A Simple History of Paperboard

4/4/2018

You want to sound smart in front of customers and colleagues, right? Fortunately, you don’t have to be a scholar in packaging studies to become a knowledge leader in the industry! Start by checking out this quick history of paper and paperboard packaging. Armed with a few unique facts, you’ll be able to strike up engaging and exciting conversations at your next professional event. Here’s a good factoid to pull out: “Did you know that the folding carton was invented by mistake?”

Papermaking
Although the word “paper” is derived from the Egyptian term “papyrus,” papermaking as we know it today traces its origins to second century A.D. China. Ts'ai Lun, a member of the court of the later Han Dynasty, first carried out the process when he poured a mixture of Mulberry tree fibers and water into a sieve-like bamboo box that contained a porous cloth. After letting the water drain, Lun pressed and dried the remaining mat of fibers, forming a finished sheet of paper.

It was not until the beginning of the 19th century that machines were developed to mass produce paper and certain forms of paperboard. 1830 saw the introduction of the Fourdrinier Machine, which produced homogenous or single-ply sheets of boxboard in various thicknesses. Soon the cylinder mould machine hit the market, allowing for the mass production of multi-layered or multi-ply sheets of paperboard. Highly refined versions of these two original technologies still reign as the primary methods for producing paper and paperboard throughout the world today.

Paperboard Packaging
Until the mid to late 1800s, it was rare to see packaging of any kind. In fact, merchandising as we know it today was virtually non-existent. Products were distributed in any available container.

The turning point was when the supply of consumer goods caught up with demand, and even began to exceed it. When this excess supply brought on widespread market competition, packaging became a key tool for expanding a product’s reach beyond local markets, and for informing potential customers about the manufacturer’s identity as well as the virtues of the product. Packaging also came to assure that consumers were receiving safe and high-quality product.

The history of paperboard packaging began as early as 1839 when Aaron L. Dennison, a Boston-based jeweler, began commercially producing rigid boxes for himself and other local jewelers. By 1850, his business had expanded to include boxes for a wide assortment of small products. Within ten years, others established their own boxmaking plants and began developing specialized equipment to increase production and reduce costs.

Soon after the invention of rigid boxes came the folding cartons, which represented a new possibility for paperboard packaging as they could be shipped flat and set up by the customer—unlike rigid boxes, which remain erect.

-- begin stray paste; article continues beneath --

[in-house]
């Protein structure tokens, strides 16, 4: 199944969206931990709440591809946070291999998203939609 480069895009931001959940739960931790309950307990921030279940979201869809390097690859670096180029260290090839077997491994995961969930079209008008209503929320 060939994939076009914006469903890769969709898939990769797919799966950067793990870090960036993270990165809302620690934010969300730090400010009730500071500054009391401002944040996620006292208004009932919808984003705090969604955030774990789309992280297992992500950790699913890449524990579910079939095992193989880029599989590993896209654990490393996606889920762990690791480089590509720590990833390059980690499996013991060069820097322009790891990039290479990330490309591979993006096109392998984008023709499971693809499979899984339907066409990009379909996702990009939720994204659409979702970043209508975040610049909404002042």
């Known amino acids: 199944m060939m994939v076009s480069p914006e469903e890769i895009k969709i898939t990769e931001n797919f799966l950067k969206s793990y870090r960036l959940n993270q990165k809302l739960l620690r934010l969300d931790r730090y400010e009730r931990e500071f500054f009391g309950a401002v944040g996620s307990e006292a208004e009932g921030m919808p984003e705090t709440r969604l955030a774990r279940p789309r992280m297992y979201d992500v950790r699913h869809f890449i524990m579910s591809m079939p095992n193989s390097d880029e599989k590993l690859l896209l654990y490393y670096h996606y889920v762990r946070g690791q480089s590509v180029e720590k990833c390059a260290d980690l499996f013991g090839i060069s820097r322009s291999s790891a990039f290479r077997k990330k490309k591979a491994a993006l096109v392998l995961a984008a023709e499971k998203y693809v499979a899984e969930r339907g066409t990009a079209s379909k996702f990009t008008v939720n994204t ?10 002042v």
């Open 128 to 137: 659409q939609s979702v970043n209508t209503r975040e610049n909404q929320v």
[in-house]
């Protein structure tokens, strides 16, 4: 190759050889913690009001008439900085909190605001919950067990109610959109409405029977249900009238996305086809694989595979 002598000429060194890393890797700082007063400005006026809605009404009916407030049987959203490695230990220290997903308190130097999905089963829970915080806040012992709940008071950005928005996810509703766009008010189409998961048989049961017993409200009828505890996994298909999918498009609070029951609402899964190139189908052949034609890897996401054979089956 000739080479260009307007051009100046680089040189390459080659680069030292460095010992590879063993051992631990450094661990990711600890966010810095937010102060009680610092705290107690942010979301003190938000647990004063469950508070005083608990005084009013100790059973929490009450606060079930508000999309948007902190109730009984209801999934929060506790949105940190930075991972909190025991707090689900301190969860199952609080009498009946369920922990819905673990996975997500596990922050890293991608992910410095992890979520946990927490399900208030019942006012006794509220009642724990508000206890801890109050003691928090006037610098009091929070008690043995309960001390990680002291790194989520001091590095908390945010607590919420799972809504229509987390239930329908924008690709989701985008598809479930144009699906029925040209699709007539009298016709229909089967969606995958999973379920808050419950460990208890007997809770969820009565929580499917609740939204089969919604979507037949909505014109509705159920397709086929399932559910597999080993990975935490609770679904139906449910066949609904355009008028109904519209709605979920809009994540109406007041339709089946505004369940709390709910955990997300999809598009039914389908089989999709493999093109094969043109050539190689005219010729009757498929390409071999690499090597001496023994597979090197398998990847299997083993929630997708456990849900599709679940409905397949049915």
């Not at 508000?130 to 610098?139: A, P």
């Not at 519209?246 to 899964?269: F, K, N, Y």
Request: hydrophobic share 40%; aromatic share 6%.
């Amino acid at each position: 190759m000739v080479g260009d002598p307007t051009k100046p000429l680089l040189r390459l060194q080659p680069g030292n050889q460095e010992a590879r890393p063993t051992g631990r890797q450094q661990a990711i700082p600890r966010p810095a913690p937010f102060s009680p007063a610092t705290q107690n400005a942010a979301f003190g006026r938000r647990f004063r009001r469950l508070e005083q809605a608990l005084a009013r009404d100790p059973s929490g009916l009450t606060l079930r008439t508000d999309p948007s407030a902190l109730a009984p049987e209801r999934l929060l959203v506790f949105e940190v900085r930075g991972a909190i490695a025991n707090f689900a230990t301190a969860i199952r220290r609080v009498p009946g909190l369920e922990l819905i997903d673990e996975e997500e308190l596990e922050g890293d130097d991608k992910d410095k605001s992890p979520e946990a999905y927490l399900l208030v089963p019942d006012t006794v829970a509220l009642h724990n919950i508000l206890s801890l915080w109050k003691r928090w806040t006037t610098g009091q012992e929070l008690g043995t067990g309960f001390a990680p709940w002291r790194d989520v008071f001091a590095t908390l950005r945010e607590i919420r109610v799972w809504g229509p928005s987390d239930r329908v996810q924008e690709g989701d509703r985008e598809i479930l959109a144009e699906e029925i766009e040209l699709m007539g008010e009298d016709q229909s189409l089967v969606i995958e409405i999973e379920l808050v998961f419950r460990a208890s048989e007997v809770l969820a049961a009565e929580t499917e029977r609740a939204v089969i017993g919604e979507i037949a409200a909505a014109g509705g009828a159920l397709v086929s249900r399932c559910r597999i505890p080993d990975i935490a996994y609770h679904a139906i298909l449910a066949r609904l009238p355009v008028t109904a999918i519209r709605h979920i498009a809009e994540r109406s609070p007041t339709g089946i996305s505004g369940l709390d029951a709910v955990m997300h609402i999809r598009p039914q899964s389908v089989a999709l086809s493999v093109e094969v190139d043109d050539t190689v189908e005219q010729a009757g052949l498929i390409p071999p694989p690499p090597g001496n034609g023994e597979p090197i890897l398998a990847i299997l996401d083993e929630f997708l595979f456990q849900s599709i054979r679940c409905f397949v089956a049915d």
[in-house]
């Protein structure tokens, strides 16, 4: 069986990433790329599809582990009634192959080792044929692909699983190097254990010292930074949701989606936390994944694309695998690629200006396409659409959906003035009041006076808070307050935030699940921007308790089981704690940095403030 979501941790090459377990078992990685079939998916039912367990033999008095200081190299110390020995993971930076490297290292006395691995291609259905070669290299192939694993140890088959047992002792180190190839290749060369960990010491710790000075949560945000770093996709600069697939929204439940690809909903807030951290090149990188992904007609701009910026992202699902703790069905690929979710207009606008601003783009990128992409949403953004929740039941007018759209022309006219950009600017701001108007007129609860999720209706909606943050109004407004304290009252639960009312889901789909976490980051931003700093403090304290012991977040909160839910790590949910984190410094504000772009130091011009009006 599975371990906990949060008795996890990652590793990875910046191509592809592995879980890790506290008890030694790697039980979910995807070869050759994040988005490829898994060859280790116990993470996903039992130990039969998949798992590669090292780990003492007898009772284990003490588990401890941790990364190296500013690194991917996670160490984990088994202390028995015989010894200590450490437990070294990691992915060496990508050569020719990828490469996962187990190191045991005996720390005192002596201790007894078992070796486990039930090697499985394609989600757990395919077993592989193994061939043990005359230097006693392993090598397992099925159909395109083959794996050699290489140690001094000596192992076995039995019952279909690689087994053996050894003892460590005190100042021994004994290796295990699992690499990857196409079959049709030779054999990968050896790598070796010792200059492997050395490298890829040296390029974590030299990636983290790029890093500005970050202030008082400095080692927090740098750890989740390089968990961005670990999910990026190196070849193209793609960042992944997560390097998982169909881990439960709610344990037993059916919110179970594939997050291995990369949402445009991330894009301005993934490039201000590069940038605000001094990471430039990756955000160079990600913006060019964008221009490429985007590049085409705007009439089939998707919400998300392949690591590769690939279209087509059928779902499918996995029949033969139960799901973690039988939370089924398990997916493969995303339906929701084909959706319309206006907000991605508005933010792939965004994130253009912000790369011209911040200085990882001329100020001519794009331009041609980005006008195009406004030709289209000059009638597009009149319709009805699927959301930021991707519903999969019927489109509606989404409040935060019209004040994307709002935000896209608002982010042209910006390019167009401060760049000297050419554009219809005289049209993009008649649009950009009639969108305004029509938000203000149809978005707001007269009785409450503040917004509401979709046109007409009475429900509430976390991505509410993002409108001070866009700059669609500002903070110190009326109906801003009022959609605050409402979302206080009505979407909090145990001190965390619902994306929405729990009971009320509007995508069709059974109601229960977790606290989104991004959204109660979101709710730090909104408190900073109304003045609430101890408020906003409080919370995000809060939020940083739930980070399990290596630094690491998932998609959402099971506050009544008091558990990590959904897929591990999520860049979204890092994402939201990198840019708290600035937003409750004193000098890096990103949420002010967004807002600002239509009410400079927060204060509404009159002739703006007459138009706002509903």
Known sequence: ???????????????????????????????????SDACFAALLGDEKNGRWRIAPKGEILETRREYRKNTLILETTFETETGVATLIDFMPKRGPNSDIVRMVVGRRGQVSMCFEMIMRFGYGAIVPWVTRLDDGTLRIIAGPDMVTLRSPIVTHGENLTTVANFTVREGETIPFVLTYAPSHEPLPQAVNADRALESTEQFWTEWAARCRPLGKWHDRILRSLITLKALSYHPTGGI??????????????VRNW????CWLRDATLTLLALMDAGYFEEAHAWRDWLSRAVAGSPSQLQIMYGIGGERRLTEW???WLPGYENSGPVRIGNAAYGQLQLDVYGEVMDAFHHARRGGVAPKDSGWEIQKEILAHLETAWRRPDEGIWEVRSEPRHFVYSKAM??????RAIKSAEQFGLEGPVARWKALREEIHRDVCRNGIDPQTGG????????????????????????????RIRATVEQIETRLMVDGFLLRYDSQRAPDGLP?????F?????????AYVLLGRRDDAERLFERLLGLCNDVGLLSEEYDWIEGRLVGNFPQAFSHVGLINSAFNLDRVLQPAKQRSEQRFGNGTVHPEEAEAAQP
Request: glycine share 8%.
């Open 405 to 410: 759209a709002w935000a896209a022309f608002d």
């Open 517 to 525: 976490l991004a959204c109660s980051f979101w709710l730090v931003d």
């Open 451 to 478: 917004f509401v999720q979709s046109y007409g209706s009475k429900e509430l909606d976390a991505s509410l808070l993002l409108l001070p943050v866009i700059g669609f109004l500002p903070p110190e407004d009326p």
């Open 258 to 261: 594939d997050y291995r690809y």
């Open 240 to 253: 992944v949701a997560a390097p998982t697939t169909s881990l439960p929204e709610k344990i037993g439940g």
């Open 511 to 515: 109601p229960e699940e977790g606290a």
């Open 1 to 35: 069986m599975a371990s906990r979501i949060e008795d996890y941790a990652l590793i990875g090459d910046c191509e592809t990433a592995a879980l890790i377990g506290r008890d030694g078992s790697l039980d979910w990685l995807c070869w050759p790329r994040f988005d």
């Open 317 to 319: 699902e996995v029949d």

It was not until 1879 that an inexpensive method for mass-producing folding cartons was developed, and believe it or not, it all began by mistake! A pressman in the Robert T. Gair box plant had failed to notice that, due to a poor press make-ready, the printing plates in use were nearly cutting through the paperboard. This ruined job gave Gair the idea to develop steel rules, lock them into a form, put them on a platen press, and in a single operation, cut and crease carton blanks.

In 1896, the paperboard packaging industry received a huge push forward when the National Biscuit Company introduced their Uneeda soda cracker. Packaged in an inner waxed paper wrap, a folding carton shell, and a colorful branded overwrap, the crackers established the folding carton as a premier means for packaging, marketing, and distributing product on a national scale.

The Paperboard Package Today
Since the turn of the last century, the paperboard packaging industry has experienced tremendous growth, and today represents a roughly $10 billion industry in the U.S. Offering dependable product protection and endless possibilities for brand communication, paperboard has become a premier choice for CPGs and their consumers alike. 

Ready to become even more of an expert on paperboard packaging? The next step is to understand how folding cartons are made. Complex and fascinating, the manufacturing process includes pre-press structural and graphic design, printing, cutting, finishing, and more.

To learn the ins and outs of the process, we invite you to attend PPC’s Folding Carton Boot Camp on May 8-9, 2018. The two-day workshop is designed to familiarize learners with the entire process of boxmaking, from managed forest to the store shelf. Visit paperbox.org/bootcamp to learn more. 

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